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Hello Lauren Ito and Kate Rushton,
Thank you for the challenge brief.
I am glad I noticed the "Surprise Us" Idea option.
Do you think it is relevant that the MacAurthur foundation seems unaware how on one hand MacAurther supports initiatives like "Let's fundamentally rethink the way we make, use and re-use plastics so that they don’t become waste in the first place", when on the other hand by promoting HarvestPlus biofortified grain without addressing the lack of adequate grain storage MacAurther promotes needless plastic waste (not to mention aflatoxin <www.agrilinks.org/aflatoxin>), by ignoring already available fundamental solutions that eliminate non-recyclable small-format and large format plastic waste.
For example, even though it might seem large packaging items like the plastic bags used to store surplus grain in Africa are already widely recycled,
- in Africa small format and large plastic containers are not recycled, they are burned or left to decompose everywhere.
- everywhere but Australia, the idea that grain storage can be as dynamic as the problems it solves is new and unique.
- the solution is human centered poised to make grain more nutritious and lives spent doing tedious primary processing easier.
- the solution can be accelerated, cost-effectively with leases and scaled up and down to control real local problems on the ground like environmental and food degradation.

Comments and suggestions welcome,
William

Hello Lauren Ito and Kate Rushton,
Thank you for the challenge brief.
I am glad I noticed the "Surprise Us" Idea option.
Do you think it is relevant that the MacAurthur foundation seems unaware how on one hand MacAurther supports initiatives like "Let's fundamentally rethink the way we make, use and re-use plastics so that they don’t become waste in the first place", when on the other hand by promoting HarvestPlus biofortified grain without addressing the lack of adequate grain storage MacAurther promotes needless plastic waste (not to mention aflatoxin <www.agrilinks.org/aflatoxin>), by ignoring already available fundamental solutions that eliminate non-recyclable small-format and large format plastic waste.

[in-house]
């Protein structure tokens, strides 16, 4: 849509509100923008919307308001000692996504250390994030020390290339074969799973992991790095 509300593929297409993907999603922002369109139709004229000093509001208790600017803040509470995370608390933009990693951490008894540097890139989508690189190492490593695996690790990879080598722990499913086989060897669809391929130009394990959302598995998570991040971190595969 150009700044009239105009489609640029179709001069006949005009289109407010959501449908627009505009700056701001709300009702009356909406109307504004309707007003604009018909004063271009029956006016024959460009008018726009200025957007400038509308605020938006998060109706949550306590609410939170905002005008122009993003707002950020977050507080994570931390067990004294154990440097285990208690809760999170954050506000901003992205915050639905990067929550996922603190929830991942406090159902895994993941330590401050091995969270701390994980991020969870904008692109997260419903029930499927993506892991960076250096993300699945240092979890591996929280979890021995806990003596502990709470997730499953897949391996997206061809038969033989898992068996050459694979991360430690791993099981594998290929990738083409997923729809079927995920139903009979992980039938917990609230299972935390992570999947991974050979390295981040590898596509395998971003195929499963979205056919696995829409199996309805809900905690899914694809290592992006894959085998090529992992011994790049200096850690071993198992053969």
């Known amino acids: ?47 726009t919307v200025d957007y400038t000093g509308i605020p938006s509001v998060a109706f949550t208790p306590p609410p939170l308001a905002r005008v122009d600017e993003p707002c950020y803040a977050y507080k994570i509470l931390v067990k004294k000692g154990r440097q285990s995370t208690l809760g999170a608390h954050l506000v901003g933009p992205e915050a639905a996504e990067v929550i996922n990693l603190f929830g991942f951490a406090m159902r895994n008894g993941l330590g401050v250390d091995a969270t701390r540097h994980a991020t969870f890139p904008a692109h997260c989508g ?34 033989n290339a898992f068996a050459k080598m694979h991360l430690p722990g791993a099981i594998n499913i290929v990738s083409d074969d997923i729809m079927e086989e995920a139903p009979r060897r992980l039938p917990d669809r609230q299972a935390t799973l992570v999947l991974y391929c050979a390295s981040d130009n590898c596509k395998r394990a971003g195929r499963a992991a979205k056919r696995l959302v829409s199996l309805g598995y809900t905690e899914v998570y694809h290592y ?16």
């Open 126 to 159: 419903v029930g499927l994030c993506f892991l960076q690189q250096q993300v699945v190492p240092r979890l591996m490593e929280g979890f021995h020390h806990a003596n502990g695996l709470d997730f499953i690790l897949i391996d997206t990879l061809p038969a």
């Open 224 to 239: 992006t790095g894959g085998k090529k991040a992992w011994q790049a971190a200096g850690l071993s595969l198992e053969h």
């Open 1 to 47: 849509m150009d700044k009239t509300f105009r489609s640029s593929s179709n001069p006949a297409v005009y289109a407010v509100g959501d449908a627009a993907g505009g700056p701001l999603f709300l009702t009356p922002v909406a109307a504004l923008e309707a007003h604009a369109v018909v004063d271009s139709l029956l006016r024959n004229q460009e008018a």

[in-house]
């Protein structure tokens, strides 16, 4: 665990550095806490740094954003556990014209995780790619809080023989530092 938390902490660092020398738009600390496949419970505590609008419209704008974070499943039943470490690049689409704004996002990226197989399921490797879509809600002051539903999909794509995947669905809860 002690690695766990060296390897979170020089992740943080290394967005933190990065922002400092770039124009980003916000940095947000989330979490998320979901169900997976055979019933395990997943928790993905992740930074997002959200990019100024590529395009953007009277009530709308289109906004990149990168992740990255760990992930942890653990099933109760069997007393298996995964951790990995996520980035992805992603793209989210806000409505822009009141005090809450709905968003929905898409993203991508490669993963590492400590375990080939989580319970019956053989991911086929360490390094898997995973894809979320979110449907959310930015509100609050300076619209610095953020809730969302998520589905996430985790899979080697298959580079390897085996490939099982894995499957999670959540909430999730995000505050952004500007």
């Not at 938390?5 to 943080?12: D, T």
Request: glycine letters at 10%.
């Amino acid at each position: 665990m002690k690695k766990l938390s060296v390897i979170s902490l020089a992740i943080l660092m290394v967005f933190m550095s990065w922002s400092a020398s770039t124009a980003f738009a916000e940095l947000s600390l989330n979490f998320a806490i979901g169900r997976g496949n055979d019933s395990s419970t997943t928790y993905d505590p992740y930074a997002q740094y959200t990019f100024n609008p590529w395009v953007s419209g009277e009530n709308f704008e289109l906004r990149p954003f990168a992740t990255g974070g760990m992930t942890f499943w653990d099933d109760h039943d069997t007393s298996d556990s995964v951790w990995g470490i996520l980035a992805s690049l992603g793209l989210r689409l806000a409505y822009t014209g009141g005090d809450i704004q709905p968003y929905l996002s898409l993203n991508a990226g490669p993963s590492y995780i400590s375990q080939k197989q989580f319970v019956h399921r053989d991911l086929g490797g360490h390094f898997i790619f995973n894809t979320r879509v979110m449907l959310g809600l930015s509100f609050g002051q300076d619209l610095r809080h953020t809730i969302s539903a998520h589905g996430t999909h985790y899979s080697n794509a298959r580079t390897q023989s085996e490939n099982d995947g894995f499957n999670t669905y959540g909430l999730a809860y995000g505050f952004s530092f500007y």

For example, even though it might seem large packaging items like the plastic bags used to store surplus grain in Africa are already widely recycled,
- in Africa small format and large plastic containers are not recycled, they are burned or left to decompose everywhere.
- everywhere but Australia, the idea that grain storage can be as dynamic as the problems it solves is new and unique.
- the solution is human centered poised to make grain more nutritious and lives spent doing tedious primary processing easier.
- the solution can be accelerated, cost-effectively with leases and scaled up and down to control real local problems on the ground like environmental and food degradation.

Comments and suggestions welcome,
William

Hello Kate Rushton,
Thank you for helping me clarify how cable ties (small format plastic) is discarded when used to store surplus grain in Africa. I have updated "Removing Plastic from Surplus Grain across Africa with Mobile Utility Storage" with pictures and text.
For example, if the MacArthur foundation awards HarvestPlus a single $100 million grant, biofortified grains would be stored in plastic as other more sustainable systems and significant Postharvest loss have been ignored. HarvestPlus, proposes that 100 million people will have access to bio-fortified food by 2030. However, if African Postharvest and input loss like aflatoxin estimates are correct adequate storage does not exist.
The HarvestPlus proposal lists mere sealed plastic sacks (1m * 1m) that require cable ties and triple bagging for every approximately 50 kg of grain. Cable ties are one-time use and plastic bags wears during daily opening and closing not to mention chewing rats and insects that bore in and bags must be replaced every 2 - 3 seasons. For discussion, if each person consumes one 50 kg of grain per season, it would mean between +300 and 150 million cable ties (small format plastic) 150 and 75 million (150,000 - 75,000 sq. hectares) plastic bags (large format plastic) would be discarded or need recycling.
Questions and comments welcome.
Regards,
Willliam